Thialf has two cranes with a combined maximum lifting capacity of 14,200 metric tons, making it the largest crane vessel in the world. but has lower height lifting capabilities than its competitor Saipem 7000 (which has lifting capability of 14,000 tonnes at 42 meters while the Thialf can lift 14,200 tonnes at 31.2 meters).
It is equipped with a class III dynamic positioning system. Propulsion and position keeping is by six 5,500 kW retractable azimuthing thrusters. For shallow waters there are 12 Flipper Delta anchors, 22.5 t, with 2,500 meter, 80 mm mooring wire.
The hull consists of two pontoons with four columns each. Transit draught is about 12 metres. For lifting operations it will normally be ballasted down to 26.6 m (87 ft). This way the pontoons (with a draught of 13.6 metres) are well submerged to reduce the effect of waves and swell.
It is able to accommodate 736 people.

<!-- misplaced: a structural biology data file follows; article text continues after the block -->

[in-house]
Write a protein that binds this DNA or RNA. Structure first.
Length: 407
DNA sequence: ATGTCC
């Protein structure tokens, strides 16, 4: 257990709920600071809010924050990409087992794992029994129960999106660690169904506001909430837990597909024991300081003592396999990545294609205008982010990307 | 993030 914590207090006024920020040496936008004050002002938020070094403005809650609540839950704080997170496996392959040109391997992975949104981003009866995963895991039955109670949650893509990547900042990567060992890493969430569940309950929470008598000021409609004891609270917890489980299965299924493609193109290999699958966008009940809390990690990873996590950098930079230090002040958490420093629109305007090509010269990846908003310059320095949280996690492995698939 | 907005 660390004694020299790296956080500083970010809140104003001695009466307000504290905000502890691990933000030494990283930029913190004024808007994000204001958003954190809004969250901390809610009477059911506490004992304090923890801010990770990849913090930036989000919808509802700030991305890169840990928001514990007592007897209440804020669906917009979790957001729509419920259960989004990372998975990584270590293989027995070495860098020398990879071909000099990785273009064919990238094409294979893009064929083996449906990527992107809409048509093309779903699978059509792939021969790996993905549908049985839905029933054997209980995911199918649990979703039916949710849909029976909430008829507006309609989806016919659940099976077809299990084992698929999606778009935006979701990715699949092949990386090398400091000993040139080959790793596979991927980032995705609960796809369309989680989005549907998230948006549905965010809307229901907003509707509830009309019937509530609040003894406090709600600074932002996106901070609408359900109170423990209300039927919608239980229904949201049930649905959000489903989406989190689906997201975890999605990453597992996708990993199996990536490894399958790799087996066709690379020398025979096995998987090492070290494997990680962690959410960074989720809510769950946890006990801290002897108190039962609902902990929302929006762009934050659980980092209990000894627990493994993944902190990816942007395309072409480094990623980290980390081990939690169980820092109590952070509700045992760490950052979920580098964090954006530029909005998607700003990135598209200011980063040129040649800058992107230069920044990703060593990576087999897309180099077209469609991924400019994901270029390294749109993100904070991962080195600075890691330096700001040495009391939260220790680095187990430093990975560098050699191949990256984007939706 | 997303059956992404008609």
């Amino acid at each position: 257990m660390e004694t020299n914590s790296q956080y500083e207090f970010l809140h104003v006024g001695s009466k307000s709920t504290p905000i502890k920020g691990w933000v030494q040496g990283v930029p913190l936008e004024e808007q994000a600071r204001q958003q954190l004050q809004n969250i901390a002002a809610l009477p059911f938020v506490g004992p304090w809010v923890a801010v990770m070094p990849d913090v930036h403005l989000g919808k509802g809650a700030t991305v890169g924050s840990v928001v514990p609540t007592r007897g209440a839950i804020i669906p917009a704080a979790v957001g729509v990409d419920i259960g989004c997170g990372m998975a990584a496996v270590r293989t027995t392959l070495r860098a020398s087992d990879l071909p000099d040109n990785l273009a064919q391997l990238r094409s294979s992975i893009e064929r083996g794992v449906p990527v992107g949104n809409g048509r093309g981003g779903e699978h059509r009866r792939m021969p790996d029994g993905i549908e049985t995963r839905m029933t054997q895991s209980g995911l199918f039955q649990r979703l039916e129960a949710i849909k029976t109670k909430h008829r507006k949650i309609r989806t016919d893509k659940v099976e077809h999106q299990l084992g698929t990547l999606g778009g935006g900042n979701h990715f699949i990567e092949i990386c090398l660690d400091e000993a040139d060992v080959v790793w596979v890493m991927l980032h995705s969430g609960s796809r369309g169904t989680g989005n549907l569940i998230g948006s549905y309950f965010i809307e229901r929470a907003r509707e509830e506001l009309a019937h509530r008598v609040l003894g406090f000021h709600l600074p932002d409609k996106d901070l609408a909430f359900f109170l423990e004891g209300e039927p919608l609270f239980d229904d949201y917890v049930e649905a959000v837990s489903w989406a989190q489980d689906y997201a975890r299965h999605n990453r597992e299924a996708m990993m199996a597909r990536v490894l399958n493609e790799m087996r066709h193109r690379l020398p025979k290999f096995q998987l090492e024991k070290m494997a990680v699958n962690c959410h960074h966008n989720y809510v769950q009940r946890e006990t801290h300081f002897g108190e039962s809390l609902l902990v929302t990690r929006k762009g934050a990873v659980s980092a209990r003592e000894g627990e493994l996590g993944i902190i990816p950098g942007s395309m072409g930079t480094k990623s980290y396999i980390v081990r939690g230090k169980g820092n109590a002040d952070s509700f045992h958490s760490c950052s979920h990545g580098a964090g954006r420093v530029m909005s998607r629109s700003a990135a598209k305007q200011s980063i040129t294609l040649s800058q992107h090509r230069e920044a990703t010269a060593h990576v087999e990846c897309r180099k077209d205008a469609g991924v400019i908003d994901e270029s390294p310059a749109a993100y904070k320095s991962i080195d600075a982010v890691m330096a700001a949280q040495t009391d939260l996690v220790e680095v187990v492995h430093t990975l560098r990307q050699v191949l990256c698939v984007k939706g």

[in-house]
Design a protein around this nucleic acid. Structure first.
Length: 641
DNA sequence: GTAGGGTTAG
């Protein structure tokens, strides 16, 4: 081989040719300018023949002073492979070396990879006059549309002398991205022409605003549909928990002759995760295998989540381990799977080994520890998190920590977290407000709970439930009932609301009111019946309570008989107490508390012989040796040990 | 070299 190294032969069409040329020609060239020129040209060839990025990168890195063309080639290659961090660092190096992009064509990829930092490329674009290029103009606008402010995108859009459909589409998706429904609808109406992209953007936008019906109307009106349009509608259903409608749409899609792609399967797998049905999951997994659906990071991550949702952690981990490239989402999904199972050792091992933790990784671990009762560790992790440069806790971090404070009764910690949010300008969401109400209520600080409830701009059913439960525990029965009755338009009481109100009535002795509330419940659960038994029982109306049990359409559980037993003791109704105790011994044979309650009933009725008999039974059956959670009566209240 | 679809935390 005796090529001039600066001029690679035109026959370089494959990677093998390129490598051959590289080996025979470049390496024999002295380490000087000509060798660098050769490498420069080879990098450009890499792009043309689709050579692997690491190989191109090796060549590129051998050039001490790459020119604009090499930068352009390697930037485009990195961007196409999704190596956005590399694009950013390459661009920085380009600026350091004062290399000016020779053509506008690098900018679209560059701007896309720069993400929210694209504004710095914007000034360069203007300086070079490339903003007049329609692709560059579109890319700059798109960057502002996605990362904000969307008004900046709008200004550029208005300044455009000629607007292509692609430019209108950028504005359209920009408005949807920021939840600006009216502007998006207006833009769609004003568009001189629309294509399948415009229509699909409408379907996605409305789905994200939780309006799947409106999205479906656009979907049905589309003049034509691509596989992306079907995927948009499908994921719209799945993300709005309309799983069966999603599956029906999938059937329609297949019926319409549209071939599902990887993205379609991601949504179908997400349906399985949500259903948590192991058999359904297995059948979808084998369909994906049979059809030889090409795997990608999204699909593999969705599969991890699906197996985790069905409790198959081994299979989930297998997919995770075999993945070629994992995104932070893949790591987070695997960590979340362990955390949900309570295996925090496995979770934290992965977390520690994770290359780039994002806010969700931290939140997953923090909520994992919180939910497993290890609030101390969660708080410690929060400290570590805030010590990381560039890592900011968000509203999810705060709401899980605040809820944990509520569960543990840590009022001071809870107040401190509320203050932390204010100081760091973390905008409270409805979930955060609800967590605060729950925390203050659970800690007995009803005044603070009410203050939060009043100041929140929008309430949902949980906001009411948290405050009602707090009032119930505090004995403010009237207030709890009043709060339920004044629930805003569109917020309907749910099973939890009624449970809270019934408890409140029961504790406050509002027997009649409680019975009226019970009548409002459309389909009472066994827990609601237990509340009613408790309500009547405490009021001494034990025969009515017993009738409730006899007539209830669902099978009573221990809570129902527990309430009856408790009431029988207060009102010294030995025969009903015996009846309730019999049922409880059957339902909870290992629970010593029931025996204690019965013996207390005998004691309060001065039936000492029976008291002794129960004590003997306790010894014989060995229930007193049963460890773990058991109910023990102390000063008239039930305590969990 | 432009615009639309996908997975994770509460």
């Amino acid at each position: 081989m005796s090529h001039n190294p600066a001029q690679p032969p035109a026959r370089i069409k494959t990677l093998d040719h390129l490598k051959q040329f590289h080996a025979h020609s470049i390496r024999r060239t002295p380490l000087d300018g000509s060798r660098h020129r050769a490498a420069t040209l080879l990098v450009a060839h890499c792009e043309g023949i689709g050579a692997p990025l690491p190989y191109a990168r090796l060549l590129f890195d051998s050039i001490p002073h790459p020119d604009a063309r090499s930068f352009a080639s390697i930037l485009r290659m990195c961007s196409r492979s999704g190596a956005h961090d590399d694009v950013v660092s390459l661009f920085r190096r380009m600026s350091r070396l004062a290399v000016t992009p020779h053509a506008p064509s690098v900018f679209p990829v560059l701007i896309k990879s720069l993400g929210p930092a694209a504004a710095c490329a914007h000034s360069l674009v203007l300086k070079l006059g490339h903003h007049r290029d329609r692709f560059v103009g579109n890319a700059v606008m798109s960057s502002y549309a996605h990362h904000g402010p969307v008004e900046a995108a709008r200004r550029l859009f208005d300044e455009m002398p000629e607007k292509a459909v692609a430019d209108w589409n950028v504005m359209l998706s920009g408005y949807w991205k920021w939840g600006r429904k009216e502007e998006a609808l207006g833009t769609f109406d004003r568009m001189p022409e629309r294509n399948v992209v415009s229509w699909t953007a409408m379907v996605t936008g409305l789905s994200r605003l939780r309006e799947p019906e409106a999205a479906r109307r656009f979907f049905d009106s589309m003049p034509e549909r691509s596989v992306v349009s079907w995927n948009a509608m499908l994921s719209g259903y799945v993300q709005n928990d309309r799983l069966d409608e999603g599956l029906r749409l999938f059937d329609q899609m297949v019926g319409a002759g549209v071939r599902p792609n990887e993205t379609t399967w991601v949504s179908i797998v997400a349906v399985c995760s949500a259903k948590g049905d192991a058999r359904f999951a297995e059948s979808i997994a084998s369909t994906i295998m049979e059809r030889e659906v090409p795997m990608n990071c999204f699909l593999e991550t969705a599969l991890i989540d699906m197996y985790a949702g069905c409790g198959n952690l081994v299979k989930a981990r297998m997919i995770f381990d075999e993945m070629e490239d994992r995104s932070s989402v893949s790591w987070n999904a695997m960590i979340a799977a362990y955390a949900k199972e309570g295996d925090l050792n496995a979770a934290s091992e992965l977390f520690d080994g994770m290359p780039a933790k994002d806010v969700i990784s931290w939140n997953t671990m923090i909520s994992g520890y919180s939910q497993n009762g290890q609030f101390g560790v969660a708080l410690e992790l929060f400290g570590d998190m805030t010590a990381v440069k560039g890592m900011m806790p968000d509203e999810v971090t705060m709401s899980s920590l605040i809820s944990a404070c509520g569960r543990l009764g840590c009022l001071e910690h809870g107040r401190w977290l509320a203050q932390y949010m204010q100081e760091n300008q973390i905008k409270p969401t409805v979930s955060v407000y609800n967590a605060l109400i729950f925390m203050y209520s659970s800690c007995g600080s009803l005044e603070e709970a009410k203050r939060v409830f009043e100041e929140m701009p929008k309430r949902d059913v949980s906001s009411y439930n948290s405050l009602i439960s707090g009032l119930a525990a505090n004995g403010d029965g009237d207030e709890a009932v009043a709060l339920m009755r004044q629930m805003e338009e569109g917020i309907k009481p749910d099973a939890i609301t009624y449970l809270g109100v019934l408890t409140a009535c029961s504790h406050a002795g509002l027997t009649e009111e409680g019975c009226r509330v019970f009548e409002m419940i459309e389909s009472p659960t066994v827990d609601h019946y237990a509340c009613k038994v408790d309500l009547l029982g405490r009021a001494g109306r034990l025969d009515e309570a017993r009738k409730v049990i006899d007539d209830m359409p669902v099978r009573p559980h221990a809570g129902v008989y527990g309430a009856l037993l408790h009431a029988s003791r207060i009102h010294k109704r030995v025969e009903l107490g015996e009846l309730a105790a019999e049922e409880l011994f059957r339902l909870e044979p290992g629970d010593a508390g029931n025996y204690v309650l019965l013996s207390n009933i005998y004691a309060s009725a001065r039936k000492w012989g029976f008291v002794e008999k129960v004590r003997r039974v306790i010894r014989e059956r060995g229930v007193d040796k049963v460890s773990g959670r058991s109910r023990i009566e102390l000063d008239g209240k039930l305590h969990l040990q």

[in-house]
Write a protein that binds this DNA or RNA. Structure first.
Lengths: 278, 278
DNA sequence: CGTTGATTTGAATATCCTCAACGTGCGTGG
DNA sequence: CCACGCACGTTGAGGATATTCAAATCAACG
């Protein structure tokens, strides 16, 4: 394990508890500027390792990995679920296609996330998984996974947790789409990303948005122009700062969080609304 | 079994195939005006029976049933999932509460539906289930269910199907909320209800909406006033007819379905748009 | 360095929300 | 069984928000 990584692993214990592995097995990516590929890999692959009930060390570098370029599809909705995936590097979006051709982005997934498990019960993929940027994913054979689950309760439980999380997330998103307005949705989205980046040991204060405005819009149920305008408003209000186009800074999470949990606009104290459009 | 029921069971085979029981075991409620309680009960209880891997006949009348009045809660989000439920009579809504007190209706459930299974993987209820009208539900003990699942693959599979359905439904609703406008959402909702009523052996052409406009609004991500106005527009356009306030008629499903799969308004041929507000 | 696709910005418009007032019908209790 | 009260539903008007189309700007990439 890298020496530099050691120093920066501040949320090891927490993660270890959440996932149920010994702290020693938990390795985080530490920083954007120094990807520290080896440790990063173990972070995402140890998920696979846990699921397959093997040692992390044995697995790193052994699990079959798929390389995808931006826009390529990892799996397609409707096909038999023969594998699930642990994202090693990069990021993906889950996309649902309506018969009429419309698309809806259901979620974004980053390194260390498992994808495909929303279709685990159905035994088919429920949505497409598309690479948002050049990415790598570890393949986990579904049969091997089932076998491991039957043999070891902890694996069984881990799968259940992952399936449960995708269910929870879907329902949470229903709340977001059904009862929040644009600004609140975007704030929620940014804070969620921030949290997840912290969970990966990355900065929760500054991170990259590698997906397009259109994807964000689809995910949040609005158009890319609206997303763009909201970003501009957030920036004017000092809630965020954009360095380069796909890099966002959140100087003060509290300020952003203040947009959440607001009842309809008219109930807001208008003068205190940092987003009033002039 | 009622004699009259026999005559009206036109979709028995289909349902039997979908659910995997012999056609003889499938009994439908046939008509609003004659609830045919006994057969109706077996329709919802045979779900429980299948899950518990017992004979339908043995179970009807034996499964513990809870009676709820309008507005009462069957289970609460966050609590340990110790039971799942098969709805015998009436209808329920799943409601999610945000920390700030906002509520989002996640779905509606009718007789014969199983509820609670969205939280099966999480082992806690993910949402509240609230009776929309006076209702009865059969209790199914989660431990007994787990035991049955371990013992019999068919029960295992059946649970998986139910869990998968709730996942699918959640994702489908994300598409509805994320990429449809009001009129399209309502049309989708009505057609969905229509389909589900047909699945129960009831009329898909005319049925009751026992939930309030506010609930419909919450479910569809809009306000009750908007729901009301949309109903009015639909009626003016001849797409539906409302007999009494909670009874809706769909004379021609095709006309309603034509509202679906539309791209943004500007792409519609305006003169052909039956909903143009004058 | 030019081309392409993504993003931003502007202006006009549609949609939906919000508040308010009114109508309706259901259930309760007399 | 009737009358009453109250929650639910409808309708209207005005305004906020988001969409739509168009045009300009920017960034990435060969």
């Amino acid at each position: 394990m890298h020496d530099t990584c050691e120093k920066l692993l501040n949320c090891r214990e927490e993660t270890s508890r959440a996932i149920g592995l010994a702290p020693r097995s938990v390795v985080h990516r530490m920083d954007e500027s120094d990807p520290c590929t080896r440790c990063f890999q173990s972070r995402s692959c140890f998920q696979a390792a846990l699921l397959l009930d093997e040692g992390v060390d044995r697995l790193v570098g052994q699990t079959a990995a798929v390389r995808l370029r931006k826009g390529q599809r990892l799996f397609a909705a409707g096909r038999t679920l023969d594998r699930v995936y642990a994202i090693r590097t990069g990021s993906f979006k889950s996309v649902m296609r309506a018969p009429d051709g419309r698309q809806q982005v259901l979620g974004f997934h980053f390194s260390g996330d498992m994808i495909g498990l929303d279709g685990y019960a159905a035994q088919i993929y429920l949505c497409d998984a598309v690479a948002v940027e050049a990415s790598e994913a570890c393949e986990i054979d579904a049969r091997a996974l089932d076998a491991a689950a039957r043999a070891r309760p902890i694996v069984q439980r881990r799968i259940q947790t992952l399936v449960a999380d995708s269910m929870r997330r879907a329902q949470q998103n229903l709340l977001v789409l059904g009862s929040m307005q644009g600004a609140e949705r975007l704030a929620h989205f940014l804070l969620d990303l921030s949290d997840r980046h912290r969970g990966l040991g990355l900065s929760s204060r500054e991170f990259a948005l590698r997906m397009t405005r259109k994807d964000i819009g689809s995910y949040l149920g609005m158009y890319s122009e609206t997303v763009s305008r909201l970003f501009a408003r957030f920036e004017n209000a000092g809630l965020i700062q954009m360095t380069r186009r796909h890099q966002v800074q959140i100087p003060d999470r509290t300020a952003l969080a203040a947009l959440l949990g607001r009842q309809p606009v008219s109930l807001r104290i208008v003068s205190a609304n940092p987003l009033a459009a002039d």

Lightship weight is 72,484 t
- Installing the pylon of the Erasmus Bridge in 1995.
- Decommissioning of the Brent Spar in 1998.
- In 2000 it set a world record of 11,883 t by lifting Shell’s Shearwater topsides, beaten by Saipem 7000 in 2004 with the Sabratha deck lifting of 12,150 t.
- In 2004 it installed the topsides on BP’s Holstein, at the time the world’s largest spar. The lift was a record for the Gulf of Mexico: 7,810 t. The actual record for Gulf of Mexico is now retained by the Saipem 7000 with the 9,521 t of PEMEX PB-KU-A2 deck installed in March 2007.
- In 2005 it installed the heaviest single piece foundation piles: 2.74 meters diameter x 190 meters long, weighing 818 t each for Chevron’s Benguela Belize compliant tower.